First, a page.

ESP8266 Home Monitor Is Stylishly Simplistic

It’s often said that “Less is More”, and we think that the chic ESP8266 environmental monitor posted by Thingiverse user [bkpsu] definitely fits the bill. Dubbed “Kube”, the device is a 3D printed white cube with an OLED display in the center, which [bkpsu] says was designed specifically for the approval of his wife. Weirdly, she didn’t like the look of bare PCBs on the wall.

Multiple Kubes allow for whole-house monitoring.

Inside, things are a little more complex. The Kube uses the NodeMCU development board, and a custom breakout that [bkpsu] designed to interface with the display and sensors. For temperature and humidity monitoring, the Kube is using the ever-popular DHT22, and [bkpsu] mentions that he has future plans for things like motion sensors and direct control of RGB LED strips. All the data collected by the Kube is piped into openHAB via MQTT.

On the very detailed Thingiverse page, [bkpsu] gives background information on his design goals for the project, tips for printing out a high-quality case, a parts list with Amazon links, and pinout information for getting it all wired up. The PCB is even available on OSH Park for those who want a Kube of their own.

Even with all the stick home monitoring and automation products on the market today, many hackers simply can’t bring themselves to buying a turn-key commercial product. But we think with the results hackers have been getting rolling their own solutions, they just might be on to something.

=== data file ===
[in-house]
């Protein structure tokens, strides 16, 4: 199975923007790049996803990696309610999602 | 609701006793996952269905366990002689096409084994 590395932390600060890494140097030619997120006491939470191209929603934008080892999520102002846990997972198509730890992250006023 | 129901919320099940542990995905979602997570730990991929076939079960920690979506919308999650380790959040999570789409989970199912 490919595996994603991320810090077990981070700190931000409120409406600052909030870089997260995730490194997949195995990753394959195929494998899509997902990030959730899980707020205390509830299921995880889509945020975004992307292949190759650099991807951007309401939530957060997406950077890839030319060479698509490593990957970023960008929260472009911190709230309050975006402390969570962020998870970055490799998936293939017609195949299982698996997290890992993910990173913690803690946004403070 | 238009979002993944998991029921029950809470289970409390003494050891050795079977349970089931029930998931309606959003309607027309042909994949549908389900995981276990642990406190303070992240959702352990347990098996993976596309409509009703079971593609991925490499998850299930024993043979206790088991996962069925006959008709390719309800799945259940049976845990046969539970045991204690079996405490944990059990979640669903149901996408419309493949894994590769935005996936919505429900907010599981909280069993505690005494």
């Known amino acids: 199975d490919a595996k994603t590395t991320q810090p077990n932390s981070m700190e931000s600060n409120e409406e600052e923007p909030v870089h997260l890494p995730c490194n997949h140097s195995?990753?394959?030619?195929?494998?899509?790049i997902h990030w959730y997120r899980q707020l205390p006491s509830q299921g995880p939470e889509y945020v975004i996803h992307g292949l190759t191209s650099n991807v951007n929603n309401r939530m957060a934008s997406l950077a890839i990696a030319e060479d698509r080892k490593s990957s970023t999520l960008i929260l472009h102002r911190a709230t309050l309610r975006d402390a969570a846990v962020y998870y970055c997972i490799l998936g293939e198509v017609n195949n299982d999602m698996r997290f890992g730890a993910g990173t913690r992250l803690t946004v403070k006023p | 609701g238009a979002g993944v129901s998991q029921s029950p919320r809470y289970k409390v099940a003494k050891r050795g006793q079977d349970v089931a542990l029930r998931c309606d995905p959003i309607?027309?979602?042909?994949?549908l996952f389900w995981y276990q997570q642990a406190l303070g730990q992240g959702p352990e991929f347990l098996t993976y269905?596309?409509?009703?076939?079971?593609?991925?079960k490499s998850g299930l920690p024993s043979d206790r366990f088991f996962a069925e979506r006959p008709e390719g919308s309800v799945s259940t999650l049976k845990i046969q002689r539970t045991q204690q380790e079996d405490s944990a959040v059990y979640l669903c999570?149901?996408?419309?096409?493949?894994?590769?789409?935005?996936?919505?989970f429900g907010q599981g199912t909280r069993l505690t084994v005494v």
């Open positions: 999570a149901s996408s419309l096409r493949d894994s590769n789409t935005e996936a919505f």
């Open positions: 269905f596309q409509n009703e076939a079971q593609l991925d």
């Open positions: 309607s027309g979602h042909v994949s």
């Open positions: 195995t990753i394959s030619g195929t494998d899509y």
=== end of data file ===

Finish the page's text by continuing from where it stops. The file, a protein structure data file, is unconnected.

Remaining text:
18 thoughts on “ESP8266 Home Monitor Is Stylishly Simplistic

    1. I have noticed the self-heating as well, even without an enclosure you can gain a degree or two. Add on top of that the poor calibration — all my temperature sensors differ by a degree (Celcius!) or two, and I’m not sure that it reflects reality. But if all you care about is change in temperature, it’s kinda moot.

      Here’s an example where heat is carried by the copper pour in a PCB design:

        1. I don’t understand why to use the DHT22. Bosch bme280 gives more data and is better at the same price.

          Self heating is a pain, the esp8266 can easily change the reading by simple heat radiation.

          1. It’s hard to find bme280. just sensor anywhere for less than 5EUR .. although those modules from china cost about a 1-2USD… +, i wonder if anyone published proper schematics for bme280???

            DHT22 is so widely used, i think even Linux kernel has the driver for it by default :) so, why not :)

          2. I’ve used BME280 in my own weather monitoring setup, but found them to be pretty poor outdoors; first time I rains for awhile the humidity pegs at 100% and stays there. Accordingly to the docs, solution is to take out sensor and bake it in oven for a few hours.

            Yeah, no problem…

    2. Don’t feel bad. I worked at a major thermostat manufacturer, and they had precisely this problem. Normally you could compensate for it, but in this case when the furnace fan would turn on, it would blow air through the tiny holes in the wall behind the thermostat until the pocket between the studs was pressurized. This resulted in the measured temperature first being too high, then too low as the fan turned on, then finally too high again.